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Classic Rock History: In The News: 

MTV, "Music Television" debuted August 1, 1981. Instead of Disc Jockeys (DJs), there were "VJs" (Video Jockeys), including Martha Quinn, Alan Hunter, Nina Blackwood, JJ Jackson and Mark Goodman, all of whom hosted segments and introduced video clips.

The first ten videos to play on that day were:

1. "Video Killed the Radio Star" The Buggles
2. "You Better Run" Pat Benatar
3. "She Won't Dance With Me" Rod Stewart
4. "You Better You Bet" The Who
5. "Little Suzi's on the Up" Ph.D.
6. "We Don't Talk Anymore" Cliff Richard
7. "Brass in Pocket" The Pretenders
8. "Time Heals" Todd Rundgren
9. "Take It on the Run" REO Speedwagon
10. "Rockin' the Paradise" Styx

Of the 209 videos aired during the first 24 hours, many were run more than once. "You Better You Bet" by The Who, also the first video to be rerun, and "Just Between You And Me" by April Wine tied for the most airings at five apiece. Video number 100 was "Let's Go" by The Cars, which aired only once. "Lonely Boy" by Andrew Gold, also a one-timer, closed out the day.

Other notable first-day landmarks:

9. The REO Speedwagon video was the first live concert video to be aired on MTV, from their Live Infidelity home video release.

16. "Iron Maiden" by Iron Maiden was the first Heavy Metal song to be played on MTV.

41. "Angel of the Morning" by Juice Newton was the first country video to air.

62. "Rat Race" by The Specials was the first video featuring both black and white artists to air on MTV.

Songs You Didn't Realize Were Covers: 

"Jet Airliner" is a popular song written by Paul Pena, an American singer-songwriter and guitarist. However, it is important to note that while Paul Pena did write and perform the song, the version that is most widely recognized and popular is not his original recording. The better-known version of "Jet Airliner" was actually recorded and released by the Steve Miller Band.

Paul Pena originally wrote and recorded the song for his 1973 album titled "New Train." The album showcased his musical talents, fusing elements of folk, blues, and rock. Unfortunately, due to conflicts with his record label, the album was not released until 2000.

The song would gain widespread recognition when the Steve Miller Band covered it. Miller was made aware of the song by a former band member who also happened to produce Pena's 1973 album. This version, in addition to some slight changes lyrically, featured a more rock-oriented sound and became a major hit, receiving extensive radio airplay and charting well on music charts. Miller's band had recorded their version of "Jet Airliner" in 1975, during sessions for the "Fly Like an Eagle" album, but the song was not released until 1977, when it was included on their album "Book of Dreams."

Steve Miller's rendition of "Jet Airliner" propelled the song to greater fame, reaching a broader audience and becoming a staple in classic rock radio playlists. Its catchy chorus and upbeat melody contributed to its popularity, and it remains one of Steve Miller Band's most iconic and enduring songs.

Paul Pena's original version of "Jet Airliner" was rediscovered and gained some recognition after Steve Miller's cover became a hit. Paul Pena continued to pursue his music career and performed with various artists, showcasing his impressive talents as a musician and vocalist.

Overall, "Jet Airliner" is a song that highlights the journey of its original songwriter, Paul Pena, as well as the enduring success of the Steve Miller Band's cover version, which brought the song to a wider audience and secured its place as a classic in the world of rock music.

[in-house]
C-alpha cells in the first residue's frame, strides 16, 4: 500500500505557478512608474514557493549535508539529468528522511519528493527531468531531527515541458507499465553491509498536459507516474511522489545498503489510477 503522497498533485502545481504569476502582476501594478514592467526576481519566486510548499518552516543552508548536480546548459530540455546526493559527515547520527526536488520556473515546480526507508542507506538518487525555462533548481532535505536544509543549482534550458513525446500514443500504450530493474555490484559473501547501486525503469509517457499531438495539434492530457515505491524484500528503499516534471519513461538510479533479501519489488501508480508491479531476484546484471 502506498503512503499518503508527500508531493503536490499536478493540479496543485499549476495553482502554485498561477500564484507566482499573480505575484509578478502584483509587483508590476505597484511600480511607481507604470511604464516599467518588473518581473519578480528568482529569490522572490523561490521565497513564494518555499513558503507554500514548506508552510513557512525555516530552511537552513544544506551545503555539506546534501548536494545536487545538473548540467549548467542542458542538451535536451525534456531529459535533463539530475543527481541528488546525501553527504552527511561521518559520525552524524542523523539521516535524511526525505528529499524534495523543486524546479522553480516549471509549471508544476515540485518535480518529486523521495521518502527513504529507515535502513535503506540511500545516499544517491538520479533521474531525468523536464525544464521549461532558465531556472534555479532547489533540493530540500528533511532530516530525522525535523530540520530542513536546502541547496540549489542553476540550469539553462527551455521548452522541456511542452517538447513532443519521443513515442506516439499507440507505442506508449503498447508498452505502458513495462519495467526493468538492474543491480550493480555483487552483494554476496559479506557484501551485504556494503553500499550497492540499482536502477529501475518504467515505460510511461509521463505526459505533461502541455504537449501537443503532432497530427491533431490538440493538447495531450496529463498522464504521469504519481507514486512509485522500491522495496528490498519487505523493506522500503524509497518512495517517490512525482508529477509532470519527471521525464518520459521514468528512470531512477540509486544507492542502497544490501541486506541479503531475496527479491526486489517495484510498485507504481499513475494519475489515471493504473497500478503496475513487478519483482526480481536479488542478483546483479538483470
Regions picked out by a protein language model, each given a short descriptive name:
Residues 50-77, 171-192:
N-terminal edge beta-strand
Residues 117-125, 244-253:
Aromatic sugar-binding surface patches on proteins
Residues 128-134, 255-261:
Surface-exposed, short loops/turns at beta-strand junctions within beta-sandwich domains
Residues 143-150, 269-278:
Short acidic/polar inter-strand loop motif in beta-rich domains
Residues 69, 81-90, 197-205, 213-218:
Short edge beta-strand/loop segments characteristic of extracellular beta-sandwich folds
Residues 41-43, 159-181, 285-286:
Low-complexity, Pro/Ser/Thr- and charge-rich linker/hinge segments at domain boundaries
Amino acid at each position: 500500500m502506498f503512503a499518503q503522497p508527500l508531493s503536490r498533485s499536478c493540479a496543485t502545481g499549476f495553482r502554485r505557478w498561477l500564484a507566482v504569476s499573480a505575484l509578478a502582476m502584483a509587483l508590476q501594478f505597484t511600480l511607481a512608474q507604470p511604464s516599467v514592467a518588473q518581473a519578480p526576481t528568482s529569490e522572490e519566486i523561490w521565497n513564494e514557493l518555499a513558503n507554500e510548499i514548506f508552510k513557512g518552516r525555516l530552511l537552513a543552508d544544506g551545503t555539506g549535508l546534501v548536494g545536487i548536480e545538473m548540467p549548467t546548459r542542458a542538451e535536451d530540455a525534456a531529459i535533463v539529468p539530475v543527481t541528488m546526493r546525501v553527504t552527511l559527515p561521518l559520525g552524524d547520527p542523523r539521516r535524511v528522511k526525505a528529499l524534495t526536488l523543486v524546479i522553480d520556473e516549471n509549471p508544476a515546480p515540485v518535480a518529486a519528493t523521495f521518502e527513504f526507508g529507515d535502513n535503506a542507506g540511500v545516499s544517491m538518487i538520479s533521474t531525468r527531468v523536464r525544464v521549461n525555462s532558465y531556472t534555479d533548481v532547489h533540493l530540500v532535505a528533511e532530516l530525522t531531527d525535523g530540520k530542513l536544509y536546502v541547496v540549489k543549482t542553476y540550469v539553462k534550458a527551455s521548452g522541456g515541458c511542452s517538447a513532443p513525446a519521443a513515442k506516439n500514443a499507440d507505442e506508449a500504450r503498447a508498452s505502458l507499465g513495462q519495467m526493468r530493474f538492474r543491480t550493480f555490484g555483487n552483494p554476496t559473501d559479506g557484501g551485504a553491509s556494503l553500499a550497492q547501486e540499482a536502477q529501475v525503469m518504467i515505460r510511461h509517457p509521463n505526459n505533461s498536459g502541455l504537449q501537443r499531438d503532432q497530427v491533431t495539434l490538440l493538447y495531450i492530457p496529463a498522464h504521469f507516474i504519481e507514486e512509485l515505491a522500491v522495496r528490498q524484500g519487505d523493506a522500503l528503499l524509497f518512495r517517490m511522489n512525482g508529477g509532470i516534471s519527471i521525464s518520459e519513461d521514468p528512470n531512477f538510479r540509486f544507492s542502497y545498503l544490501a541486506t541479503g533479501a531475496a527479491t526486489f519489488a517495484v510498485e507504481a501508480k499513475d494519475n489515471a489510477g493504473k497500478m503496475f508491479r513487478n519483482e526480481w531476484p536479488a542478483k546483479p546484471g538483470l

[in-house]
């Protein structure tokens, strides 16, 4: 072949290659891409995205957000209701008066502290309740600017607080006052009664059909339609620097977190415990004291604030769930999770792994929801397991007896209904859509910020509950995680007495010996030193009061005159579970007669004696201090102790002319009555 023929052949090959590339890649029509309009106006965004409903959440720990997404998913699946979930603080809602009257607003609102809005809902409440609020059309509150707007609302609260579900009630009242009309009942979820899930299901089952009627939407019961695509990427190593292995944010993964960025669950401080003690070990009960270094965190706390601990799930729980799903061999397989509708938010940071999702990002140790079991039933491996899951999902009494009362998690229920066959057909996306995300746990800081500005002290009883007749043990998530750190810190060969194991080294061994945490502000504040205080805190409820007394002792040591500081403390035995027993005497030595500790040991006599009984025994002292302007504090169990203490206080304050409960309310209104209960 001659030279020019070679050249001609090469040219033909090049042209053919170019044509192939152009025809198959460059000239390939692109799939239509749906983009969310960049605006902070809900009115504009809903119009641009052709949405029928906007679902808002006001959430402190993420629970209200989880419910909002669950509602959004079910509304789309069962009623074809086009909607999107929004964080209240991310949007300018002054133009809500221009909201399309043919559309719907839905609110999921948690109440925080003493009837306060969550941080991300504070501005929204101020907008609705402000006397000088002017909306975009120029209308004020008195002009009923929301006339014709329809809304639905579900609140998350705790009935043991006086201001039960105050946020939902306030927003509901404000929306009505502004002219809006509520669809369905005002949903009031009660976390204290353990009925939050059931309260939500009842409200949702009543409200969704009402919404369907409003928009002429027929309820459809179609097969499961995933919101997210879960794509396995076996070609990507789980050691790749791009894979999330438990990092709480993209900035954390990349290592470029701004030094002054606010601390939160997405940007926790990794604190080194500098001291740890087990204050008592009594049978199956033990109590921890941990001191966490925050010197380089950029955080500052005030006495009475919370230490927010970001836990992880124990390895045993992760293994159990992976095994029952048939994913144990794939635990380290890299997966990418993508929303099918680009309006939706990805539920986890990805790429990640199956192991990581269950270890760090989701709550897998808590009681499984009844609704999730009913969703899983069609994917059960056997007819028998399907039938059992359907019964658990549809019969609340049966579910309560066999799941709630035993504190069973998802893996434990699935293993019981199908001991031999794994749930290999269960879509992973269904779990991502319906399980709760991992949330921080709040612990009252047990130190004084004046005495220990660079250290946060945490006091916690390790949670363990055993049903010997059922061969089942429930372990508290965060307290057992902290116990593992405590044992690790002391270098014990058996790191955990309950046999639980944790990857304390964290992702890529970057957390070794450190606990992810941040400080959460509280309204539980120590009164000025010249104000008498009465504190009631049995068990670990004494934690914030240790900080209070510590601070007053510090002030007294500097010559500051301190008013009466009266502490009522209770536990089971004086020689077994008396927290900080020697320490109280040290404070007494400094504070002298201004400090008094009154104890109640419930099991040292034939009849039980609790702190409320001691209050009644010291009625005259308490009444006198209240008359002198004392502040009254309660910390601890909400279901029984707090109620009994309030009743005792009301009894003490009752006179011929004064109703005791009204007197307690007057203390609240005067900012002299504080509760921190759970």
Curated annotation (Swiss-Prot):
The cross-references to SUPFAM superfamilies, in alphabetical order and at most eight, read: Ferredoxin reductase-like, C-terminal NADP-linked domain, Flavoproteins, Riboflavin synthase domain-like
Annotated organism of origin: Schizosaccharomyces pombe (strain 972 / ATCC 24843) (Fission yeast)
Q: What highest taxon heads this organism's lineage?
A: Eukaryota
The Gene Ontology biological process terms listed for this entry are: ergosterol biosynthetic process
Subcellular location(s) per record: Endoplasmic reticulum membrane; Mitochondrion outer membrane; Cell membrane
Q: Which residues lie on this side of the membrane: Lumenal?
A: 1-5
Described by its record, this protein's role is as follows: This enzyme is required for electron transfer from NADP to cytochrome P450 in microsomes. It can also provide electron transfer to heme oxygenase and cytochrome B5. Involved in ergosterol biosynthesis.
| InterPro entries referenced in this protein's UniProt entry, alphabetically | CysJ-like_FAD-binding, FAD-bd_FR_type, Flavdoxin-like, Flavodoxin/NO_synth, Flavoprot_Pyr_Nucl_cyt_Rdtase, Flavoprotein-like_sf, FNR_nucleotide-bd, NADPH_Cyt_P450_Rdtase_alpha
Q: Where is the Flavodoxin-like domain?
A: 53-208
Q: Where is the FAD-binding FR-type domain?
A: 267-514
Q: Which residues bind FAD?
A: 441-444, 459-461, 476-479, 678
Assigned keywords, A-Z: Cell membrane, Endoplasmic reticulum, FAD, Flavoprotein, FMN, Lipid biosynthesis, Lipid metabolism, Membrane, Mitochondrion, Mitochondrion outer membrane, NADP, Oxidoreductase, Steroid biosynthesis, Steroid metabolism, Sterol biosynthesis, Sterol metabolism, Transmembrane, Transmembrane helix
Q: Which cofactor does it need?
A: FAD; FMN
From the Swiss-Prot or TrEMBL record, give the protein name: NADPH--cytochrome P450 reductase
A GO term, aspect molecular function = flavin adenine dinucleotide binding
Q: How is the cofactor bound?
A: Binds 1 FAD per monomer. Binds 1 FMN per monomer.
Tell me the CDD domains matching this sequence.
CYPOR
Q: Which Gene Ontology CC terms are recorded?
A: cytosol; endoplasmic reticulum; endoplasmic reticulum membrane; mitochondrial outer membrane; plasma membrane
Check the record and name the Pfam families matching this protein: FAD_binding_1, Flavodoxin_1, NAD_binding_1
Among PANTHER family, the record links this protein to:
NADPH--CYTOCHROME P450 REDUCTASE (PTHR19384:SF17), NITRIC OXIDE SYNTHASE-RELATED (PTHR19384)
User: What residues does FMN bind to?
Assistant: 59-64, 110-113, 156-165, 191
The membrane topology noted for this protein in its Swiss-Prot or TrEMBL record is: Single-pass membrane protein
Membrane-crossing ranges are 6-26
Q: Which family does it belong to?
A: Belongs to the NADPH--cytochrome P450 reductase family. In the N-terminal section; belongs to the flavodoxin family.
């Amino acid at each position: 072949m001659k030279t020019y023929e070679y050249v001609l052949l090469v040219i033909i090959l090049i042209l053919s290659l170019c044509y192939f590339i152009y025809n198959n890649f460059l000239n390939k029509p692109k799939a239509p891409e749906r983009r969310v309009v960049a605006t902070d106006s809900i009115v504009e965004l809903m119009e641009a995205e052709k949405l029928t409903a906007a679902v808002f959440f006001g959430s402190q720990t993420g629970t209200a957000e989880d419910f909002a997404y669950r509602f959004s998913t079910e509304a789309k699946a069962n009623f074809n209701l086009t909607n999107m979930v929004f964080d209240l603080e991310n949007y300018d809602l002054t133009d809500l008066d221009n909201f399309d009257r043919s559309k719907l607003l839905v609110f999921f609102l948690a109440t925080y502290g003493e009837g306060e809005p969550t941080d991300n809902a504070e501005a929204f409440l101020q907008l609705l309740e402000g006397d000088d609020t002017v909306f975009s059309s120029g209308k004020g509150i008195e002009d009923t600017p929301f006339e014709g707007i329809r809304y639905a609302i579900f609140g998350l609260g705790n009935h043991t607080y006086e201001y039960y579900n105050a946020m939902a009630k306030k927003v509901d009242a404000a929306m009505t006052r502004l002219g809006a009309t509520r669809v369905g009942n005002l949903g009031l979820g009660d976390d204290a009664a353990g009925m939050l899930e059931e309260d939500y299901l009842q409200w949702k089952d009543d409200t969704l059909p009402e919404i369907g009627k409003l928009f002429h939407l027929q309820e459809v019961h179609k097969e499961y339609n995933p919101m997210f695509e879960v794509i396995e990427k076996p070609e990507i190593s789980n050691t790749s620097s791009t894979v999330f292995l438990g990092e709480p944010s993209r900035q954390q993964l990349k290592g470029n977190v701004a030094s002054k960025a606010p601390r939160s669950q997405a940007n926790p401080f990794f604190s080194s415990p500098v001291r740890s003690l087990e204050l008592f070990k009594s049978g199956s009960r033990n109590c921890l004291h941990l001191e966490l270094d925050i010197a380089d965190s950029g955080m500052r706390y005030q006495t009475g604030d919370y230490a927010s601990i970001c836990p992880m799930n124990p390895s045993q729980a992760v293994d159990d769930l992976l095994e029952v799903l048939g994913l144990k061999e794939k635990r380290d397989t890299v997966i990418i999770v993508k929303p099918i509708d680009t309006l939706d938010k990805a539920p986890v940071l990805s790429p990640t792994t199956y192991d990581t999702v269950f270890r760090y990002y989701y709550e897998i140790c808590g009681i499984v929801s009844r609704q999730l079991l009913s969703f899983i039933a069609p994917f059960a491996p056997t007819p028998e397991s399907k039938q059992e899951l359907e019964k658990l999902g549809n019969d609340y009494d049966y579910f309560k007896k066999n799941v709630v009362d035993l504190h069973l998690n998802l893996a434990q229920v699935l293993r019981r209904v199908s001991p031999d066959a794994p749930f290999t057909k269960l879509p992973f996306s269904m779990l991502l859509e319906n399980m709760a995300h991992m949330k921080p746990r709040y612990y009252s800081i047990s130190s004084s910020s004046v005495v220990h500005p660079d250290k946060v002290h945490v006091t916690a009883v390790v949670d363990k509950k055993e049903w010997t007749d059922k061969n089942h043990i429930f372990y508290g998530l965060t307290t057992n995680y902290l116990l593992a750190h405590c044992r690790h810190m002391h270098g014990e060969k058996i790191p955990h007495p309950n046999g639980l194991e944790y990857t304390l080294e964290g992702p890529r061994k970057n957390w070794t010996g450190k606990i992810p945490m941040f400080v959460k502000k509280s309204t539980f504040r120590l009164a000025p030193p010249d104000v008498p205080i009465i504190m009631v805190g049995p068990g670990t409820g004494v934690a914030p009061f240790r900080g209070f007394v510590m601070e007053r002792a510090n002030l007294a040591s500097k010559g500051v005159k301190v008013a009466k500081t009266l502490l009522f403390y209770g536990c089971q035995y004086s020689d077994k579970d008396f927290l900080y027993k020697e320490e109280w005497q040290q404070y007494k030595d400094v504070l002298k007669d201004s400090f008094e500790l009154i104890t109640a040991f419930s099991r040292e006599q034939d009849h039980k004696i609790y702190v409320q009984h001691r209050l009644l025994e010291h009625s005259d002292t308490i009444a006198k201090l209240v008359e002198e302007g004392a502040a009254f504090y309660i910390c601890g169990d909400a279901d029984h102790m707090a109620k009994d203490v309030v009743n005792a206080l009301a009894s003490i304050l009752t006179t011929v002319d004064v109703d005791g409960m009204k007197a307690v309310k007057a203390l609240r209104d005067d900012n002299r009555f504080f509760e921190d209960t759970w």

Guitar Heroes: 

Brian May is an English musician, songwriter, and astrophysicist, best known as the lead guitarist of the legendary rock band Queen. He was born on July 19, 1947, in Hampton, Middlesex, England.

May began playing the guitar at the age of seven and went on to form his first band, Smile, in 1968, which later evolved into Queen with the addition of singer Freddie Mercury and drummer Roger Taylor. Queen became one of the most successful and influential rock bands of all time, with May's distinctive guitar sound and musical contributions playing a major role in the band's success.

May is known for his unique guitar style, which features a blend of heavy distortion, melodic phrasing, and intricate harmonies. He also developed his own custom guitar, the Red Special, which he built with his father when he was a teenager, and has used it throughout his career. He is known for using a British sixpence coin as a guitar pick, and for his preference for Vox AC30 amplifiers, both of which contribute to his recognizable sound.

In addition to his music career, May is also an accomplished astrophysicist and holds a PhD in the subject. He has contributed to several scientific publications and was even appointed Chancellor of Liverpool John Moores University in 2008.

May's contributions to music and science have earned him several awards and honors, including the CBE (Commander of the Order of the British Empire) in 2005 and the honorary title of Distinguished Supporter of the British Humanist Association in 2014. He continues to perform and record music, both as a solo artist and with Queen, and remains a beloved figure in the world of rock music.

Songs You Didn't Realize Were Covers: 

"Love Hurts" was written by American songwriter Boudleaux Bryant. He initially composed the song in 1960, and it was first recorded by The Everly Brothers that same year. The Everly Brothers' version of the song, with their distinct harmonies, helped popularize it and established it as a classic. Roy Orbison also had some success with the song when he covered it in 1961. However, it was the cover version by the Scottish hard rock band Nazareth that achieved significant success and became their signature song.